Horn/Bell – This is especially important for road cyclists as there may be pedestrians, other cyclists or motorbikes in the way at certain points in your journey; and it’s much easier to use your horn or bell to warn them than shouting at them, right?
Lights+reflectors – Lights and reflectors are the main things which drivers will be able to see while they’re on the road. No matter where you are going make sure you have reflectors on the front and back of your bicycle and a headlight if you are riding at night
Signal properly and clearly – If you’re preparing to turn a corner make sure you show all of the drivers around you by using the proper signals. If not how were they mean to know that you’re about to turn? If you don’t know the proper signals, a quick Google search could save your life.
Cycle in a straight line – This one is pretty obvious, but don’t be going on the road and all over the place while cycling. Try to stay on the same path and nearby drivers will know where you’re heading and avoid that area.
Stay in the right-hand lane – If the road is wide enough then make sure you are cycling in the right side of the lane, this is just a general cycling road rule. Also, try to stay in single file with other riders to make it easier for the driver to get past you. If the road isn’t wide enough then you’re allowed to cycle in the middle for increased visibility.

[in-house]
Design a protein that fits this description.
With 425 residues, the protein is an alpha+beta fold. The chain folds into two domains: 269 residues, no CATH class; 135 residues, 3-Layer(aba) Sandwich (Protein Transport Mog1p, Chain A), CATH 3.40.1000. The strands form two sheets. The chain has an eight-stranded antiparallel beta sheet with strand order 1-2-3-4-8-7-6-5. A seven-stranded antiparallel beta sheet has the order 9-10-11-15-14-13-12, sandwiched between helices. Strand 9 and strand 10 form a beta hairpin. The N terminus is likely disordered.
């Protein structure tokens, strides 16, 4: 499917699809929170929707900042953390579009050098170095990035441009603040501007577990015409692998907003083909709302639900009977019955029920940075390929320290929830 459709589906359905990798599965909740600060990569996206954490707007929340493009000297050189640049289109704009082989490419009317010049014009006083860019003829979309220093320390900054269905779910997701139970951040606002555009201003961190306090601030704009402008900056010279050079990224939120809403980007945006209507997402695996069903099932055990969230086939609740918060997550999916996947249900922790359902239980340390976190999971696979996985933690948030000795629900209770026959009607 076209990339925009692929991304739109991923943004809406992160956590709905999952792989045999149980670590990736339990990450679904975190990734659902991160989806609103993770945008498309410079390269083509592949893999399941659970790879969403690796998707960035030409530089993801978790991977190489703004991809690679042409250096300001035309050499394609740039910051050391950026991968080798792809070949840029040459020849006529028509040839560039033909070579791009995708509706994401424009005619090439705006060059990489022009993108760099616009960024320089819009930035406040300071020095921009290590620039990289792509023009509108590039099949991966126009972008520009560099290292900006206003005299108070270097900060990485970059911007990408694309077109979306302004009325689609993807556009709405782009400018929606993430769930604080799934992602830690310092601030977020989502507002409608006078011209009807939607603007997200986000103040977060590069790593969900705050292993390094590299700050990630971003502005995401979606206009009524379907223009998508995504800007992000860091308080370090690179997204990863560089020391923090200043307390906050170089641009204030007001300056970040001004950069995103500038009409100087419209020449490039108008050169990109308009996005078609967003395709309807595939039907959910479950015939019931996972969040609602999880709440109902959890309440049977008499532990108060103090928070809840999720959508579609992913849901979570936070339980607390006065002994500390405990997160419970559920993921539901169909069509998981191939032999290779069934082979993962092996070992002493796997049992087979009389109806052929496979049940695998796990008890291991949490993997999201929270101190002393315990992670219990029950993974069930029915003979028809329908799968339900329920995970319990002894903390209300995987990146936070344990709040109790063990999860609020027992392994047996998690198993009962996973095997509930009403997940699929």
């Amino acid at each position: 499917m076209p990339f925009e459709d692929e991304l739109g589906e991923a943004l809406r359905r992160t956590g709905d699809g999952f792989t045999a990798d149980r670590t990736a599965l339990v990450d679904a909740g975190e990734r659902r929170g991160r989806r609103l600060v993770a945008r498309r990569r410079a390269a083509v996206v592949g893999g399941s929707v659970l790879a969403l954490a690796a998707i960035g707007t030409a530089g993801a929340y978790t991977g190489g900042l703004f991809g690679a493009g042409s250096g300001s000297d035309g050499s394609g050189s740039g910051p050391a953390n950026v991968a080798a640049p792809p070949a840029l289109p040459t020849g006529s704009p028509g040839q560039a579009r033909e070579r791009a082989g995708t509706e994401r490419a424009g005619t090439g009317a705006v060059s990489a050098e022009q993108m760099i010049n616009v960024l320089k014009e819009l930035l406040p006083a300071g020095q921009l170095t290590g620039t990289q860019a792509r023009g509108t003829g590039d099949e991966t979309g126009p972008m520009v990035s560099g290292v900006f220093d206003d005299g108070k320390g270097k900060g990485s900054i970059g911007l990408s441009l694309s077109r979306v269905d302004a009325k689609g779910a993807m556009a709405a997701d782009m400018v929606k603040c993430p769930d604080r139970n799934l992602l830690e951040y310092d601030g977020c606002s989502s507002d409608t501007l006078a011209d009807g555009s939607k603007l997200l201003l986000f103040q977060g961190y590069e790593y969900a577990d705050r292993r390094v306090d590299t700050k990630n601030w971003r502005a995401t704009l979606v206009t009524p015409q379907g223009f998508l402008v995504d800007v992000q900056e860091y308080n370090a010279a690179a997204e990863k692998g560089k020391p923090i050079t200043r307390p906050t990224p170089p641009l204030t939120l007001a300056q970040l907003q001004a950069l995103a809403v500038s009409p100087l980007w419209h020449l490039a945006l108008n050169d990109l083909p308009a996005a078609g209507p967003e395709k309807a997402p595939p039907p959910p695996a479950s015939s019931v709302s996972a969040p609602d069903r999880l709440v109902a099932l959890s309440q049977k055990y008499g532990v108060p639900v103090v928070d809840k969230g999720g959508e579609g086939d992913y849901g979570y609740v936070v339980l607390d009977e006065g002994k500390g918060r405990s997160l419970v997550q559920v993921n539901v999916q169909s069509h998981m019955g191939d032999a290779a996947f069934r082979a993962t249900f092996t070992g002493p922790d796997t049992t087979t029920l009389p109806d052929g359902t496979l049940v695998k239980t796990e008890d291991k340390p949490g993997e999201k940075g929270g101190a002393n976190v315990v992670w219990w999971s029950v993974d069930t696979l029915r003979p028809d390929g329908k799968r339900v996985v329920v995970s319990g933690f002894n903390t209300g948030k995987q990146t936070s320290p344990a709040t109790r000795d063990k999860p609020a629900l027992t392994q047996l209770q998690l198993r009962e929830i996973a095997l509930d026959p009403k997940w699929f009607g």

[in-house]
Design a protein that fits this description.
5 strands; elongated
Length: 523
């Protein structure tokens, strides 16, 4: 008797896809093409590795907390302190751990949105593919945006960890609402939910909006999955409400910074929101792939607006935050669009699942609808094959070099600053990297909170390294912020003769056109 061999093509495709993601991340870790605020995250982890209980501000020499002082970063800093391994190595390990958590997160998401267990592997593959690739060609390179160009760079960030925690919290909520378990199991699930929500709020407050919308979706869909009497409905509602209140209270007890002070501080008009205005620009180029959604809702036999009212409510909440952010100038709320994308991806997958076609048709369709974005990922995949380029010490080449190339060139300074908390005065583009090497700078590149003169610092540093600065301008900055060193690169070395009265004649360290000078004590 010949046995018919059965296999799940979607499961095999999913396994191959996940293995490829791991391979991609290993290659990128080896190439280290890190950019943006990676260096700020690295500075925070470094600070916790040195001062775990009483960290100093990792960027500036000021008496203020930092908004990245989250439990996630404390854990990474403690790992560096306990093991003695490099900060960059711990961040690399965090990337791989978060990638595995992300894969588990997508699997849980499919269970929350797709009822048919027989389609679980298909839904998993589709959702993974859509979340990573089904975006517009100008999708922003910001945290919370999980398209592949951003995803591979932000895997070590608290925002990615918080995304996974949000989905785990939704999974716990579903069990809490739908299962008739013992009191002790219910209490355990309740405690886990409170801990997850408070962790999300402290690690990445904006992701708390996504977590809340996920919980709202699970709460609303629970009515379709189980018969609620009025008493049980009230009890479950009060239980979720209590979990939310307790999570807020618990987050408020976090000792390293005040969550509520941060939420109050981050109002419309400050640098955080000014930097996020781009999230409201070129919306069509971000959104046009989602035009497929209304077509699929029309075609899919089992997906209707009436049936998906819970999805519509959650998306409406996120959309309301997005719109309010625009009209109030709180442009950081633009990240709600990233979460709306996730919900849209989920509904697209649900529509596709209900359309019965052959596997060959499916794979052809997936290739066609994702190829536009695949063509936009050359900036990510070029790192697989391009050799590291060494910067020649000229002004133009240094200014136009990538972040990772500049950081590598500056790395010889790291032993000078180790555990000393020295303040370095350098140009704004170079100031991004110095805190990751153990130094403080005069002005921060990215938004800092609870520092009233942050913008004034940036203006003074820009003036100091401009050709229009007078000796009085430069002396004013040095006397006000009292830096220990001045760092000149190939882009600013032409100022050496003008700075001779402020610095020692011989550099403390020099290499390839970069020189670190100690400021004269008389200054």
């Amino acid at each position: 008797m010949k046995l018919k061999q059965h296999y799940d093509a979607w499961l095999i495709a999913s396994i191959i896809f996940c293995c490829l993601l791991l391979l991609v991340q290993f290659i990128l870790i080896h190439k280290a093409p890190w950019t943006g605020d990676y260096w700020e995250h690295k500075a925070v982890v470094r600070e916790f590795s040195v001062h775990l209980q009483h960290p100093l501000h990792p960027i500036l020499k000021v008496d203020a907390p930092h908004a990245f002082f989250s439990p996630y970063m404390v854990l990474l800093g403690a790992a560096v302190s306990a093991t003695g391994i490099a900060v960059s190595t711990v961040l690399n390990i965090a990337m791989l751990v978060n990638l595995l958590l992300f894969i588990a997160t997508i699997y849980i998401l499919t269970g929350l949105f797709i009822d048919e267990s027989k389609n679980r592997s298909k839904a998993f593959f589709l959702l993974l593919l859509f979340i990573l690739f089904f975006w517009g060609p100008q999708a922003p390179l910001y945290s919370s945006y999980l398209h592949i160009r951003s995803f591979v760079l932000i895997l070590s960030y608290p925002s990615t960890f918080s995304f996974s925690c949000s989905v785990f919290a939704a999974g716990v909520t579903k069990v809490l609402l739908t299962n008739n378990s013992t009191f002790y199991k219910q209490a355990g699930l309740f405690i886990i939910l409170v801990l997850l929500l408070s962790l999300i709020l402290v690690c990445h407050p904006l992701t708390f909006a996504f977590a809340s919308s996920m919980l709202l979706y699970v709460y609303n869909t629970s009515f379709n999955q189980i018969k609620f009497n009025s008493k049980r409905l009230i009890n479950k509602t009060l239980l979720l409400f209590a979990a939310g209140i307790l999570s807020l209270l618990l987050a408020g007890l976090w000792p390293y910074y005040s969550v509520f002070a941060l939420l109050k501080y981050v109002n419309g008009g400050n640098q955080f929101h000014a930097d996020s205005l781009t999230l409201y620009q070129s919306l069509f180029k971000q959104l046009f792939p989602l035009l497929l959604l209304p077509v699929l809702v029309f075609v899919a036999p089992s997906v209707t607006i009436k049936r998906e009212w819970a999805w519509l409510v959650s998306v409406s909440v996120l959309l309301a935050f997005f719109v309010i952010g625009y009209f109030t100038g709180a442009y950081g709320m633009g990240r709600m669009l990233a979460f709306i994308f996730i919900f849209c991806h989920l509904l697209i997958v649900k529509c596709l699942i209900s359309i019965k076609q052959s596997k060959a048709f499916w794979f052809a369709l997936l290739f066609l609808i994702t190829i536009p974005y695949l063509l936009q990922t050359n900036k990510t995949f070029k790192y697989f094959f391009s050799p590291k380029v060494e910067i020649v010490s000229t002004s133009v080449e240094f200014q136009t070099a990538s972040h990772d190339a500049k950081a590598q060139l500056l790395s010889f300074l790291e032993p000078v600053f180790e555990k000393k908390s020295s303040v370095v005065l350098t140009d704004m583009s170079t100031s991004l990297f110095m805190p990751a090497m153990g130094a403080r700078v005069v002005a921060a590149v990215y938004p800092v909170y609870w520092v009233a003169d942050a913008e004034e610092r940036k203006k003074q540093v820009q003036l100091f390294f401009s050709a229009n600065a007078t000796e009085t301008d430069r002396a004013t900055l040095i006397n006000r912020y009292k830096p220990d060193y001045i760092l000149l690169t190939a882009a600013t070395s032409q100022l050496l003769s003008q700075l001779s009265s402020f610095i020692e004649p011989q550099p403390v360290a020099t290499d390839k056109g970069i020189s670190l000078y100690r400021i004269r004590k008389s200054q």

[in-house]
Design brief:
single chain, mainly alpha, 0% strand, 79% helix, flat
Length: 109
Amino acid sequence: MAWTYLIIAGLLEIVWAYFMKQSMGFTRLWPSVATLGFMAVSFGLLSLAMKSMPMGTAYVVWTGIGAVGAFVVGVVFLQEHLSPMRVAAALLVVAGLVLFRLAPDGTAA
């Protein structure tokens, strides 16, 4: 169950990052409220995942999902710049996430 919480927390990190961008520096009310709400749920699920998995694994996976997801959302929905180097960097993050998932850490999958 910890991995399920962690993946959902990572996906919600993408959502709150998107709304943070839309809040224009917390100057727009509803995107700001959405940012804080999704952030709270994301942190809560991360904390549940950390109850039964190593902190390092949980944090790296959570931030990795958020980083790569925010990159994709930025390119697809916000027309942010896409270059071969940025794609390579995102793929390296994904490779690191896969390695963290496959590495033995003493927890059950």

Bicyclists are considered vehicle operators and are required to obey the same rules of the road as other vehicle operators, including obeying traffic signs, signals and lane markings. Cyclists must ride in the same direction as traffic when cycling in the street.
Drivers of motor vehicles need to share the road with bicyclists. Be courteous and allow at least three feet of clearance when passing a bicyclist on the road, look for cyclists before opening a car door or pulling out from a parking space, and yield to cyclists at intersections and as directed by signs and signals. Be especially watchful for cyclists when making turns, either left or right.
Bicyclists should increase their visibility to drivers by wearing fluorescent or brightly colored clothing during the day, dawn, and dusk. To be noticed when riding at night, use a front light and a red reflector or flashing rear light, and use retro-reflective tape or markings on equipment or clothing.
According to the Insurance Institute for Highway Safety Highway Loss Data Institute, each year about two percent of motor vehicle crash deaths are bicyclists. In a majority of bicyclist deaths, the most serious injuries are to the head, highlighting the importance of wearing a helmet. Moreover, a staggering 494,000 people were required to go to an emergency room as a result of bicycle-related injuries in 2013.
If you’ve been in a wreck on your bike with a motor vehicle, your first priority is to seek the medical attention you need. If you were hurt in an accident and have the opportunity to make a claim against the other driver, seeking medical treatment will help you win your claim.